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Maternal haemorrhage

Walfish, M; Neuman, A; Wlody, D
Maternal haemorrhage is the leading cause of preventable maternal death worldwide and encompasses antepartum, intrapartum, and postpartum bleeding. This review highlights factors that predispose to severe bleeding, its management, and the most recent treatment and guidelines. Advances in obstetric care have provided physicians with the diagnostic tools to detect, anticipate, and prevent severe life-threatening maternal haemorrhage in most patients who have had prenatal care. In an optimal setting, patients at high risk for haemorrhage are referred to tertiary care centres where multidisciplinary teams are prepared to care for and deal with known potential complications. However, even with the best prenatal care, unexpected haemorrhage occurs. The first step in management is stabilization of haemodynamic status, which involves securing large bore i.v. access, invasive monitoring, and aggressive fluid management and transfusion therapy. Care for the patient with maternal bleeding should follow an algorithm that goes through a rapid and successive sequence of medical and surgical approaches to stem bleeding and decrease morbidity and mortality. With the addition of potent uterotonic agents and the advent of minimally invasive interventional radiological techniques such as angiographic embolization and arterial ligation, definitive yet conservative management is now possible in an attempt to avoid hysterectomy in patients with severe peripartum bleeding. If these interventions are inadequate to control the bleeding, the decision to proceed to hysterectomy must be made expeditiously. Recombinant factor VIIa is a relatively new treatment that could prove useful for severe coagulopathy and intractable bleeding.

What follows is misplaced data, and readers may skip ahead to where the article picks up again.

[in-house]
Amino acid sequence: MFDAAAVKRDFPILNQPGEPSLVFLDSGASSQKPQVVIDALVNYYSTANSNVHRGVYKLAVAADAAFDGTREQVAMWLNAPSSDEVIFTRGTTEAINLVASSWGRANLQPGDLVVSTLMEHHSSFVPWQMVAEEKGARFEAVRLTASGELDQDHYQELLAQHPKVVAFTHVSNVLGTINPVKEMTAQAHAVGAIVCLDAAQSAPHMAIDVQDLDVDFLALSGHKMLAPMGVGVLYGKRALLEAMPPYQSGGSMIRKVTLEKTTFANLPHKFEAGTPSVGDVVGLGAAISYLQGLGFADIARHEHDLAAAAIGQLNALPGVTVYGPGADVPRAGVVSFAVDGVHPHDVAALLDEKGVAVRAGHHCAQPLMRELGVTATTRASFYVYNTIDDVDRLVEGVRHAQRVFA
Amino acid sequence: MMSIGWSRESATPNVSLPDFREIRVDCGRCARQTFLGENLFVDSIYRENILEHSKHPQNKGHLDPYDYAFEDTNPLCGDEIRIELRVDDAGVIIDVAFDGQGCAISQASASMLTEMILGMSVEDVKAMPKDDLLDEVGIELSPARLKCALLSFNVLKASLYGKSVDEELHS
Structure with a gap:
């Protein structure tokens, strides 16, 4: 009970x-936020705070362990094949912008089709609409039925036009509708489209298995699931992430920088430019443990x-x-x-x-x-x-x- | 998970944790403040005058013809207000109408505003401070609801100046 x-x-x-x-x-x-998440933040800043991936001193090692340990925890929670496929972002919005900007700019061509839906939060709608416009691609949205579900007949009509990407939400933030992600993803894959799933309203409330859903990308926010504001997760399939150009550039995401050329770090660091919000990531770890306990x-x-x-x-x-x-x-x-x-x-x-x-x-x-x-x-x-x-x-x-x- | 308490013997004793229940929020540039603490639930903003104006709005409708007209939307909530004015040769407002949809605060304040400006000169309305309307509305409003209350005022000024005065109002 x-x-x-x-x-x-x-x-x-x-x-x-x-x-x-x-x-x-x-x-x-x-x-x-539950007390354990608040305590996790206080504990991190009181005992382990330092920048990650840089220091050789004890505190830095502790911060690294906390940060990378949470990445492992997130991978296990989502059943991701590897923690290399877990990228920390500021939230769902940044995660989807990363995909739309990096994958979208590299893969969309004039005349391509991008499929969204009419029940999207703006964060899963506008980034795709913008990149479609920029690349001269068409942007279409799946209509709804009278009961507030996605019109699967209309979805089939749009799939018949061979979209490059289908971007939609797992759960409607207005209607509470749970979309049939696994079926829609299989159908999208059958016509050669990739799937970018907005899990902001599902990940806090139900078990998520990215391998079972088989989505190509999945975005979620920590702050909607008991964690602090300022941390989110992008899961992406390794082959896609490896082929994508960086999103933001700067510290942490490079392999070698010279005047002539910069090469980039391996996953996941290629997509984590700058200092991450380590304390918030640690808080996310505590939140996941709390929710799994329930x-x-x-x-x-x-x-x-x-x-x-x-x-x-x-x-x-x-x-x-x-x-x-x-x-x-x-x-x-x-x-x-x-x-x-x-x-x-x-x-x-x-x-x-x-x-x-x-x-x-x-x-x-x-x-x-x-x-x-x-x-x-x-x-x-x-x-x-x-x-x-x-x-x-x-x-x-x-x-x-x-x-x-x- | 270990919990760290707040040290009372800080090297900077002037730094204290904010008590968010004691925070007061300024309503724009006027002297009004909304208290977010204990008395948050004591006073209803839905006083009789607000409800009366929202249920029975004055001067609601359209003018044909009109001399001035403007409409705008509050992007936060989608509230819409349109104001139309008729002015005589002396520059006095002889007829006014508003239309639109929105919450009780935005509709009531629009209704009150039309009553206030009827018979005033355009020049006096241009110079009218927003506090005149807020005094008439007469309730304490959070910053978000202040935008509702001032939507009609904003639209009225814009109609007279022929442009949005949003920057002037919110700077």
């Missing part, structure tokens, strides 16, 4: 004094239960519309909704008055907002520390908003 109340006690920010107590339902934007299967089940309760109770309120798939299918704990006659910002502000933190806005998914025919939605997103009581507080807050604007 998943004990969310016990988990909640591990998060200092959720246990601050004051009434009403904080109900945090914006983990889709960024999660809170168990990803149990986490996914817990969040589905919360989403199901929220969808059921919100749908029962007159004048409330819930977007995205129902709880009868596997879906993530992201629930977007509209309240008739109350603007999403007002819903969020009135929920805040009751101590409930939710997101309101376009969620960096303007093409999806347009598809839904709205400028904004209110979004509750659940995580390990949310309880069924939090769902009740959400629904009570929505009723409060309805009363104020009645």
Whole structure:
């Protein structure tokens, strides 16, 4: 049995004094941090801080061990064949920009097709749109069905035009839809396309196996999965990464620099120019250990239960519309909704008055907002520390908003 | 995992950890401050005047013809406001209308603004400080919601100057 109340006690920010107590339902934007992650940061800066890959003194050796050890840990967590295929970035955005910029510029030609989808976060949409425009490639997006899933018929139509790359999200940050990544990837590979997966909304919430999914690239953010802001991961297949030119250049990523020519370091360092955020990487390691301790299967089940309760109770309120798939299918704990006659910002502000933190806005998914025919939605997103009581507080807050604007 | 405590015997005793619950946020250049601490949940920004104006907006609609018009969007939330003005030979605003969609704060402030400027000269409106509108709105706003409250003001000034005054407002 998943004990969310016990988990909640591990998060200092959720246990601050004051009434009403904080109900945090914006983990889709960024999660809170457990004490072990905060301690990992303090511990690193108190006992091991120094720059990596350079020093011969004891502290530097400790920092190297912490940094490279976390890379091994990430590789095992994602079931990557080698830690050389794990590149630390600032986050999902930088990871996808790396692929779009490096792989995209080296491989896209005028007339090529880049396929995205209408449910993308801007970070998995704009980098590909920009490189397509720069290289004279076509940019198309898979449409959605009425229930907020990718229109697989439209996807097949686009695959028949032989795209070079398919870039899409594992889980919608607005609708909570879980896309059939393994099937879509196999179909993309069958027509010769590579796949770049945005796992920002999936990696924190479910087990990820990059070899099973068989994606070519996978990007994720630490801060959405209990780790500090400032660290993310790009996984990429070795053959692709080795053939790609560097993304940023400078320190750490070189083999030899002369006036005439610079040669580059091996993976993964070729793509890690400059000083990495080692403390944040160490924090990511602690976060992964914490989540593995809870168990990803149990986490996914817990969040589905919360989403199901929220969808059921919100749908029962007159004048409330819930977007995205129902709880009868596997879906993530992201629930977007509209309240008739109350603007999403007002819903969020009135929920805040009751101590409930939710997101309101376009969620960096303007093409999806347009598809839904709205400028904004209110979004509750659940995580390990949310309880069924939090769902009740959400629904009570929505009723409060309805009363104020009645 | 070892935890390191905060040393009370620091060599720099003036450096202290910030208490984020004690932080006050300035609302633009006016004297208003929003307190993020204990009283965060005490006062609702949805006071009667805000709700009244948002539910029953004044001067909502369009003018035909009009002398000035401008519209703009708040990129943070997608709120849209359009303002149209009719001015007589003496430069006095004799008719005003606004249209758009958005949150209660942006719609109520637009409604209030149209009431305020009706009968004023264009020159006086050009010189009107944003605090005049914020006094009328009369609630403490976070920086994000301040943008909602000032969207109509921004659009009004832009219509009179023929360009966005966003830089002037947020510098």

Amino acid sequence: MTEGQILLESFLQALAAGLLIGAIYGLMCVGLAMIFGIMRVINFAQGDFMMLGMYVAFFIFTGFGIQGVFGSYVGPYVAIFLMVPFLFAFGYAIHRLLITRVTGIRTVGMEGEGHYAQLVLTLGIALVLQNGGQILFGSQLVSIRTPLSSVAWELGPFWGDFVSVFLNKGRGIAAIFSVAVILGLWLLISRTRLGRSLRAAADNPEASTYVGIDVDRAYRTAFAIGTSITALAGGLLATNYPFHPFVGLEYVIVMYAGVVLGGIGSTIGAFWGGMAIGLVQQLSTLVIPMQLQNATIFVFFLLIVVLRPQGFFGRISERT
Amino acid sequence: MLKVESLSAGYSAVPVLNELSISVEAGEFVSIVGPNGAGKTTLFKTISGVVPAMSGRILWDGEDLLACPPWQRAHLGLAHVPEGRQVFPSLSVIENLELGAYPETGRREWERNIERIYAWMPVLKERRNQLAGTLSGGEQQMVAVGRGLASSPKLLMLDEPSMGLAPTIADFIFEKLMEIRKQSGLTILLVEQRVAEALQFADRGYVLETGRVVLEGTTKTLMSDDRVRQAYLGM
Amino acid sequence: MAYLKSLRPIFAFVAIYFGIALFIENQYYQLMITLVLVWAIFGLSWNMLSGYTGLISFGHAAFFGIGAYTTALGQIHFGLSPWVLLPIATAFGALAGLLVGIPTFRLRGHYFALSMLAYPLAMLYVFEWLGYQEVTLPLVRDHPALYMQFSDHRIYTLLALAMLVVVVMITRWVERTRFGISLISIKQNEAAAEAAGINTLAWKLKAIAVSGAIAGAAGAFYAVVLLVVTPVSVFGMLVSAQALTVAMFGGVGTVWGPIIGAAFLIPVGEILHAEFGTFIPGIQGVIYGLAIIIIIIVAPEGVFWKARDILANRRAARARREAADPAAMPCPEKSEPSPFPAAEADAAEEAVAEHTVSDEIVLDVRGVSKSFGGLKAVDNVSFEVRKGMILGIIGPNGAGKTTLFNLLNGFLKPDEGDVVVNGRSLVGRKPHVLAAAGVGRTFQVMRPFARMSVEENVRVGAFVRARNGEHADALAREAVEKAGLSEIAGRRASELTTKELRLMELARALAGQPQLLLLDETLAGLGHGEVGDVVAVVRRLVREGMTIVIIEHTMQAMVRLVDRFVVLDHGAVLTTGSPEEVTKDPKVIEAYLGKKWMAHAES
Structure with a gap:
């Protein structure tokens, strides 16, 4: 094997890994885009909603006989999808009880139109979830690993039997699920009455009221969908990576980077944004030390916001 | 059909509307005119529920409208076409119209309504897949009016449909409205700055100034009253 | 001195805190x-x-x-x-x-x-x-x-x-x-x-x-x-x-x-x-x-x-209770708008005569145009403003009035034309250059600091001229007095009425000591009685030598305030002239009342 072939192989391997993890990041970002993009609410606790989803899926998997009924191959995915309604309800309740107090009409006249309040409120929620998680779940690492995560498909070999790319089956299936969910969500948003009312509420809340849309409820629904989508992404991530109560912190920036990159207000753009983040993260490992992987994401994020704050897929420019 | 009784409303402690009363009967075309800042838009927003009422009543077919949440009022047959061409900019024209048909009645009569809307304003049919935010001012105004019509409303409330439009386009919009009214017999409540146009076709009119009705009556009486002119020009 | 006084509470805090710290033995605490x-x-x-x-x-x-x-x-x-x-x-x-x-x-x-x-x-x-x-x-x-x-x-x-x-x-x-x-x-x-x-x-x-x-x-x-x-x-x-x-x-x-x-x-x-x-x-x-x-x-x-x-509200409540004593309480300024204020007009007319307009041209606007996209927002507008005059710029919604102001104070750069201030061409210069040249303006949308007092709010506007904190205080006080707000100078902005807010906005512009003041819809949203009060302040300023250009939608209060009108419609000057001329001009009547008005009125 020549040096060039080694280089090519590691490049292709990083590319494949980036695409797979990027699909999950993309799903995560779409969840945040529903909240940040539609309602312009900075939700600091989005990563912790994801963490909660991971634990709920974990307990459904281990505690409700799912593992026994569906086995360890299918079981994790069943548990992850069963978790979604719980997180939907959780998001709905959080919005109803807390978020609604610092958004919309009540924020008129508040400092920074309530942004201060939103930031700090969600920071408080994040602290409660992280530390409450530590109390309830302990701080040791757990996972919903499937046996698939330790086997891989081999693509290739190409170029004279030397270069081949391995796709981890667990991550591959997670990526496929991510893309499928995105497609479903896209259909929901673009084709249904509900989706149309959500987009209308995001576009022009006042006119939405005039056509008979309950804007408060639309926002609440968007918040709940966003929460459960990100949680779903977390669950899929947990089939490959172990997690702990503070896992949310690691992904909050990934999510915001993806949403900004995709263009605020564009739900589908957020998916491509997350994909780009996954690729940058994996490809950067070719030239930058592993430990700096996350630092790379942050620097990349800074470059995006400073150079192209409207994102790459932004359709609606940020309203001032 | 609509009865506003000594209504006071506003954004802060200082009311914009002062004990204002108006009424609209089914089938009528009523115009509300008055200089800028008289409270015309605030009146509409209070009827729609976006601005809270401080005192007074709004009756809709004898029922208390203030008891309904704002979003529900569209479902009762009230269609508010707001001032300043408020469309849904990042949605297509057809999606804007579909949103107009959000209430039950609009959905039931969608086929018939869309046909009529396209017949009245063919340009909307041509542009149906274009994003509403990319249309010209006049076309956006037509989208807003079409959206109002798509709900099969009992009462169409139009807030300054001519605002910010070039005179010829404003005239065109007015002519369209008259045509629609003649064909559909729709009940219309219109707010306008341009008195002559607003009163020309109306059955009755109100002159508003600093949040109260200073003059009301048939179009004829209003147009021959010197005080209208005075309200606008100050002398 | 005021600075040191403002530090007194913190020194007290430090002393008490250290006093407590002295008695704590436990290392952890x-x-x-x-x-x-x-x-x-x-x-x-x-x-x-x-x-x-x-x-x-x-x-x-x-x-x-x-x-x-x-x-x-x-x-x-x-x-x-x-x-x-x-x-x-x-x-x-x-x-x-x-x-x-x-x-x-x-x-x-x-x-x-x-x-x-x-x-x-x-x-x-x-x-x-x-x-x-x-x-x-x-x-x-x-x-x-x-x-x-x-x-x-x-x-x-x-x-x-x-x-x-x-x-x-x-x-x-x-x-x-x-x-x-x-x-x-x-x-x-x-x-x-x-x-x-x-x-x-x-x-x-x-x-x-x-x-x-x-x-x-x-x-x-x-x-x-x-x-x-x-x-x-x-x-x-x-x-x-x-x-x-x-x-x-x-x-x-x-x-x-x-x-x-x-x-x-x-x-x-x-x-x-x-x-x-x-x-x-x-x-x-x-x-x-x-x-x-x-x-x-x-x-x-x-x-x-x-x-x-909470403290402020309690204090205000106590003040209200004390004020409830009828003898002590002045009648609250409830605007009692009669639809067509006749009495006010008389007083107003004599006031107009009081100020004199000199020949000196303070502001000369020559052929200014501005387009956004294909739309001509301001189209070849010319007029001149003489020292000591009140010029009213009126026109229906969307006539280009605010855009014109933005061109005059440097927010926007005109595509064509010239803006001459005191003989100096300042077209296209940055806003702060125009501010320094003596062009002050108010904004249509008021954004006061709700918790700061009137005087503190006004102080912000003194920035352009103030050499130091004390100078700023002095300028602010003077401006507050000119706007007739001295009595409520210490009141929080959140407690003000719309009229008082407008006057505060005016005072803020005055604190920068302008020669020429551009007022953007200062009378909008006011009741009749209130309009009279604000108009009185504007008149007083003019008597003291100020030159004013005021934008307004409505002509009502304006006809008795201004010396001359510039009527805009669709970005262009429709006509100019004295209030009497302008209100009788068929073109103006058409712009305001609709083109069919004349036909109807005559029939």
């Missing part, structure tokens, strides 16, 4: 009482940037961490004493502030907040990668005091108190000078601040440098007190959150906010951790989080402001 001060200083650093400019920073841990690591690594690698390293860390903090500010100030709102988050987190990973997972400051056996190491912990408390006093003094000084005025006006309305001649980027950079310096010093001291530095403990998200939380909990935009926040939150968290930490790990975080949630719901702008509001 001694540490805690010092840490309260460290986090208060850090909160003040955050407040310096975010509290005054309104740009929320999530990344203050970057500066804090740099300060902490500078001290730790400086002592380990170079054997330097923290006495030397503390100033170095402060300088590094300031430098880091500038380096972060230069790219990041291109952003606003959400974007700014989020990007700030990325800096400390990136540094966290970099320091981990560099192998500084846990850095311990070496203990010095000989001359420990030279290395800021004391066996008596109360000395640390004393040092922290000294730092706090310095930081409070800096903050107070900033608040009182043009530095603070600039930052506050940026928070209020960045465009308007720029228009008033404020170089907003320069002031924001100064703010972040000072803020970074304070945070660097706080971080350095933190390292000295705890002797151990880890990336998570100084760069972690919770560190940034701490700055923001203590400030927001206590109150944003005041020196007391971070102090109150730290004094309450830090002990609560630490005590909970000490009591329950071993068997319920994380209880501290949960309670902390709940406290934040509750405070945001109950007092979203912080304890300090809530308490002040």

PMID: 20007990
ISSN: 0007-0912
CID: 291712